For over 120 years, National Geographic has brought the world to your doorstep.
The iconic magazine, TV channel, and brand has built their name showcasing the planet’s most beautiful and exotic places in writing and photography.
Every single month, the glossy, high-resolution pages of National Geographic are filled with some of the best photography in the world.
They also hold an annual photography contest, open to amateurs and people outside of Nat Geo’s employ. It’s a chance for photographers all over the world to showcase their work.
The 2016 winners of the National Geographic Travel Photographer of the Year contest were announced in July.
As you can imagine, they are breathtaking:
“Winter Horseman” by Anthony Lau (Mongolia)
“The winter in Inner Mongolia is very unforgiving,” writes photographer Anthony Lau. “At a freezing temperature of minus twenty and lower, with a constant breeze of snow from all direction, it was pretty hard to convince myself to get out of the car and take photos.”
“Wherever You Go, I Will Follow” by Hiroki Inoue (Japan)
“It was the time of day immediately following sunset. I heard a voice. ‘Wherever you go, I will follow you’ the voice says.” — Photographer Hiroki Inoue.
“Ben Youssef” by Takashi Nakagawa (Morocco)
“Even though there were a lot of people in Ben Youssef, still here was more quiet and relaxing compare to the street outside in Marrakesh,” wrote Takashi Nakagawa. “I was waiting for the perfect timing to photograph for long time.”
“Rooftop Dreams, Varanasi” by Yasmin Mund (India)
“I arrived at my guest house in Varanasi at 5:30am,” wrote Yasmin Mund. “I instinctively climbed the 7 sets of stairs to the rooftop (which happened to be the highest in the vicinity) to see the sunrise over the famous Ganges River. As the sun was rising I looked over the right hand side of the balcony and my jaw dropped with disbelief.”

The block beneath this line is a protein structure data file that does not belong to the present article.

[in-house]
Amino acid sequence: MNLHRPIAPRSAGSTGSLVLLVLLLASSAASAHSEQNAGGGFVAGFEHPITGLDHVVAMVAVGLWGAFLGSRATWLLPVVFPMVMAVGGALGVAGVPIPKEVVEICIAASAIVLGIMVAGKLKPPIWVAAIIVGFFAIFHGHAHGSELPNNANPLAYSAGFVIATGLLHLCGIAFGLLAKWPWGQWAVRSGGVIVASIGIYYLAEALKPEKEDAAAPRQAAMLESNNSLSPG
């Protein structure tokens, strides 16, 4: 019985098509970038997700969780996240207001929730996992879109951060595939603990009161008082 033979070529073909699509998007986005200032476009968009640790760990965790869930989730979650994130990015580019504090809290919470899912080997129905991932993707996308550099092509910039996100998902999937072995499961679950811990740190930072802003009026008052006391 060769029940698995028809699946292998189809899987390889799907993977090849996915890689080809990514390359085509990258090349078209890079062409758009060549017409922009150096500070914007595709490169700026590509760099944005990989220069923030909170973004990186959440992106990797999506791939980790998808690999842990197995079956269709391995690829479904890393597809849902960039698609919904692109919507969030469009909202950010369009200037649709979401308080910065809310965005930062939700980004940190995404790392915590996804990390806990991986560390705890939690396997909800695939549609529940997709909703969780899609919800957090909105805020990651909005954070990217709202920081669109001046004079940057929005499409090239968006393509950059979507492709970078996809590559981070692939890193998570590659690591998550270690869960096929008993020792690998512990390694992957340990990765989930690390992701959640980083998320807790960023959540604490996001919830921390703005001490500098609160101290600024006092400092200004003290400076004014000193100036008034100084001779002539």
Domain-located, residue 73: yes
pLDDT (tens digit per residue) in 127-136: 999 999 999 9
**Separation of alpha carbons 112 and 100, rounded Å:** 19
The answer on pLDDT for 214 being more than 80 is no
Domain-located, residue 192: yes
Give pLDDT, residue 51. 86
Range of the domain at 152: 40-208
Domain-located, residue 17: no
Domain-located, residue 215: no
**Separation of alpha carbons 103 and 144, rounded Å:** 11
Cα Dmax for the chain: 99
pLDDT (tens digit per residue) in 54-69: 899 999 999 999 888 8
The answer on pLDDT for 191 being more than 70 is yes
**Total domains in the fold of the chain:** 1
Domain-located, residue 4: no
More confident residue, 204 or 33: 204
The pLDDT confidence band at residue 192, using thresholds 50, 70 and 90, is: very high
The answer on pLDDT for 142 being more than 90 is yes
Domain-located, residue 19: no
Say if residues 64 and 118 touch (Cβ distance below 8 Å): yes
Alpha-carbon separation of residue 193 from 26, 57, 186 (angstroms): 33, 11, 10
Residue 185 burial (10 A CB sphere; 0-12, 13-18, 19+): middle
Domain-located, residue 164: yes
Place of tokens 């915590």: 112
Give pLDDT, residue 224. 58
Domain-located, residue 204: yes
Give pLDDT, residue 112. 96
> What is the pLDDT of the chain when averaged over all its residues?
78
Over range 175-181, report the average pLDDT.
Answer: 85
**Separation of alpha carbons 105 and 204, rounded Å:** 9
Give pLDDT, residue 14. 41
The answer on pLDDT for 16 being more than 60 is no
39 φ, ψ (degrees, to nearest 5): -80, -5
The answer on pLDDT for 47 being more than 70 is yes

“Double Trapping” by Massimiliano Bencivenni (Brazil)
“I was in the Brazilian Pantanal along the Rio Negrinho,” wrote Massimiliano Bencivenni. “I realized that the river, at certain points of the loops, created places where there were many yacare caimans. I saw a yacare sink suddenly, and I immediately looked for the best location to photograph when it resurfaced. The whole thing lasted only a fraction of a moment.”
“Silenced” by Wing Ka H. (China)
“This photo was taken on my last trip to Guangzhou, China,” wrote Wing Ka H. “This place is the school dormitories of South China Normal University. When I was hanging around, most of them were taking a break. After lunchtime, they needed to go back to study.”
“Remote Life” by Mattia Passarini (India)
This woman is carrying a log to warm up her home in the remote village of Himachal Pradesh.
“Lagunas Baltinache” by Victor Lima (Chile)
“I embarked alone on this adventure to find images not yet published of the most arid desert in the world and its contrasts,” wrote photographer Victor Lima. “Despite the Atacama Desert being one of the best places on the planet to do night photography, in my prior research I discovered that there were not many night photos in the main tourist destinations there.”
“Celestial Reverie” by Jeremy Tan (Malaysia)
“Lightning seemingly strikes Komtar Tower, the most iconic landmark of George Town, capital of Penang state in Malaysia, during a thunderstorm. It is symbolic of the rejuvenation that the city, famous for a unique blend of centuries-old buildings and modern structures, has enjoyed in recent years.” — Photographer Jeremy Tan.
“Muscle Beach Gym” by Dotan Saguy (USA)
The iconic Muscle Beach Gym in Venice Beach, California.
“Bears on a Berg” by John Rollins (Canadian Arctic)
“To me, the relative smallness of these large creatures when compared to the immensity of the iceberg in the photo represents the precariousness of the polar bear’s reliance on the sea and sea ice for its existence,” wrote John Rollins.
“Divide” by Kathleen Dolmatch (USA)
“From a doorless helicopter looking south on Central Park West, dividing the architecture and Central Park,” wrote Kathleen Dolmatch. “The flight was my birthday gift.”
It probably seems like there’s a lot of ugliness in the world lately.
Terrorist attacks, shootings, political drama — it’s exhausting.
But it’s nice to be reminded that there’s always beauty in the world, and sometimes it takes a keen, highly trained eye to find it.
Photographers often have to wait around for hours or days to capture images like these. They have to climb on roofs or get in helicopters or put themselves in dangerous spots just to grab a single moment of the world’s intense and fleeting beauty.
When they do, it’s so worth it. Because we all get to enjoy it.